On 13 April 2009, I converted to Tibetan Buddhism and sought out my sangha, Kunzang Palyul Chöling, which I discovered through my Uncle Mark when I was 11 years old. The personal reaction I had, and ever since—and especially today, is nothing short of miraculous. I sporadically visited the temple and infrequently pursued the teen class, but I am glad that I have remained a part of the sangha and that I have continued to come to KPC over the years to study and learn even more about the Dharma.

It has long been my goal to take refuge vows (which is more or less analogous to a Christian’s confirmation), but this aspiration was all the more pressing now that I am moving away from the sangha with which I have grown up. I had told myself that I wanted to take these vows this summer, and it was remarkable (perhaps, even, a miracle) that several factors combined so that I could make it to my temple and spend all day there on Chökhor Düchen!

The first part of my name, Tseten, means “Firm” or “Stable Life,” while “Dorjé” means “thunderbolt” or “vajra” in Tibetan. The symbolism behind the vajra is related to enlightenment itself, since being enlightened is the abrupt change of state from living “asleep” in suffering to being awake.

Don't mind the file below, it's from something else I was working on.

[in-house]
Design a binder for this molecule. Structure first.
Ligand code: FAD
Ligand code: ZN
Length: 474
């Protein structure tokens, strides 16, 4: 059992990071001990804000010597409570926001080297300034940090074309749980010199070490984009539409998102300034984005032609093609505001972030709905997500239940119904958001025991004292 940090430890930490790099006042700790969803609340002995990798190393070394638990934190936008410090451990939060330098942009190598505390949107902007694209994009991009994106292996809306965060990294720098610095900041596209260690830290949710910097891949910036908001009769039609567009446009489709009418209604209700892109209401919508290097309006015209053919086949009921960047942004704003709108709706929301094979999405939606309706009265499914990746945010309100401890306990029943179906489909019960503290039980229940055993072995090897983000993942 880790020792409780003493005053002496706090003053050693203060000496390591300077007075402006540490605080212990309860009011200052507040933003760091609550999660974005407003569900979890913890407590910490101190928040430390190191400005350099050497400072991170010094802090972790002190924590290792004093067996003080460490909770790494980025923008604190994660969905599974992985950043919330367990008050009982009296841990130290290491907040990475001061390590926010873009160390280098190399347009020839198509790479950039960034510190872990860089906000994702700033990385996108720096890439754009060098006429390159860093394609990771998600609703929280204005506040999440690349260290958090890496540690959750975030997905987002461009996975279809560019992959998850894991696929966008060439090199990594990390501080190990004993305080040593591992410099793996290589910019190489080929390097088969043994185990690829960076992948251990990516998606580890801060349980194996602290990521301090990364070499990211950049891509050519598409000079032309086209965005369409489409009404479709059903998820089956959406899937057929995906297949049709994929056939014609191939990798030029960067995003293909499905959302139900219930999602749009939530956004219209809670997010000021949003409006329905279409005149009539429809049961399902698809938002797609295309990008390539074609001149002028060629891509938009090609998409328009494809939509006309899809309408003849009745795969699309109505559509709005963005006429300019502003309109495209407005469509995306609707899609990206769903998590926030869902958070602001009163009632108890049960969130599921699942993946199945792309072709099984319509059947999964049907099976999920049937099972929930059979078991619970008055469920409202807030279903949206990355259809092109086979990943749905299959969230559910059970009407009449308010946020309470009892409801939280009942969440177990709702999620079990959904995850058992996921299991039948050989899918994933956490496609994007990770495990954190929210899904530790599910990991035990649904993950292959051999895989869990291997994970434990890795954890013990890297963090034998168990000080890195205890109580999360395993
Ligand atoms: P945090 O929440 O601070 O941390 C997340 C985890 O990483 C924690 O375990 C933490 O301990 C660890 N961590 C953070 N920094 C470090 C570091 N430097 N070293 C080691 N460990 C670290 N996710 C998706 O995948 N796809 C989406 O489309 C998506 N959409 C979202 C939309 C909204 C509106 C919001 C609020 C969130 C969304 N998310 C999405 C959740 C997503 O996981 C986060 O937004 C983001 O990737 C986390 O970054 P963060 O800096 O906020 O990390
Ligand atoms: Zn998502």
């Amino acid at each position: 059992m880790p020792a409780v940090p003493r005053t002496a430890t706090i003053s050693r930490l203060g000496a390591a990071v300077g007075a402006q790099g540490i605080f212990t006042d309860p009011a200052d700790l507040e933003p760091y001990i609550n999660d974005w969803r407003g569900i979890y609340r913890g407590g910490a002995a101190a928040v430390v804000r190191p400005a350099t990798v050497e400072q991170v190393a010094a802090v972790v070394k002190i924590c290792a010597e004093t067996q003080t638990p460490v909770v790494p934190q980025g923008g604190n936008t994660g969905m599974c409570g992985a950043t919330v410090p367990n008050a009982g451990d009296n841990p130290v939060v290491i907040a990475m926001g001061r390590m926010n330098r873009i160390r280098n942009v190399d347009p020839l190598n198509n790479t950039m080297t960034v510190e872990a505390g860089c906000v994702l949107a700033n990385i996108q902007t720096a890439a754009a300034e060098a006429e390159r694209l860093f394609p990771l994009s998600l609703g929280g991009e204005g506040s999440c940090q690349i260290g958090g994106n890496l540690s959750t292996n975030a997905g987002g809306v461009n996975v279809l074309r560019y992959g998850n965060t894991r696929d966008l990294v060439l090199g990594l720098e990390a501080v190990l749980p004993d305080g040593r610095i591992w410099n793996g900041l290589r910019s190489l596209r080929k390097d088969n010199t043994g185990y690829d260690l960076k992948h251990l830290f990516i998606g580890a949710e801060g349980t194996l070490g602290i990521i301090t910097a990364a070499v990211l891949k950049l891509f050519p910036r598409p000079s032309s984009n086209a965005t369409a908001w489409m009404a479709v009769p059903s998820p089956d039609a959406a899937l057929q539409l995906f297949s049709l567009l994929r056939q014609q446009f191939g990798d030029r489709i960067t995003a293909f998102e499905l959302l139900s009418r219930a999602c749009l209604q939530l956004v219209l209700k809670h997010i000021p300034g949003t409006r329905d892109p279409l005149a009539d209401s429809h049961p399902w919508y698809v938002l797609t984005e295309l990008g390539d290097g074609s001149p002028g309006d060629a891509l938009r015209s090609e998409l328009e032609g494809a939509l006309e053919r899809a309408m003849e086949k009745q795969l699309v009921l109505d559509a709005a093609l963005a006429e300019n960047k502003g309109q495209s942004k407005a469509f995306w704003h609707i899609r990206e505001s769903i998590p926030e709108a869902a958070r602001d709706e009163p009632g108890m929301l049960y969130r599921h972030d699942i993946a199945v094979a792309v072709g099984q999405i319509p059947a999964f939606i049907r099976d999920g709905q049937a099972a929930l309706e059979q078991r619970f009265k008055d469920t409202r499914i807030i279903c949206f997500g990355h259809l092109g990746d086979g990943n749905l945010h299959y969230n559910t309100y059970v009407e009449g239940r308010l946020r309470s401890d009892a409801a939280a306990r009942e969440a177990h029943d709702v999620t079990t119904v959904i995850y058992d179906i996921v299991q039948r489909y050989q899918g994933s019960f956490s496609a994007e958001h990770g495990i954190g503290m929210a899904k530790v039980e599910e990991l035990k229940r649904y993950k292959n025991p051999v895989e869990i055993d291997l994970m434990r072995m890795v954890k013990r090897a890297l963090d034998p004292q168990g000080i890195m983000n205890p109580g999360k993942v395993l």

Happy 10 Million Day!

This article, and hopefully those which will follow it on Sacerdotium, is an introduction to a series which will have to do with my personal antipathy for the majority religion in the United States: Christianity. I have chosen the term “antipathy” because I have found other synonyms to be too strong. It is not a “loathing” or “hatred” for the Christian majority. “Repugnance” was a close synonym, but again was too strong. Instead, the best word to describe it was “antipathy,” a term which I think captures the psychological aversion to and the emotional sense of being against the Christian cultural hegemony. What follows is a personal and truthful depiction of the internal anger and dislike for Christianity because of what can be best described as its hegemonic cultural role in the United States.


noun, plural antipathies.

1. a natural, basic, or habitual repugnance; aversion.
2. an instinctive contrariety or opposition in feeling.
3. an object of natural aversion or habitual dislike.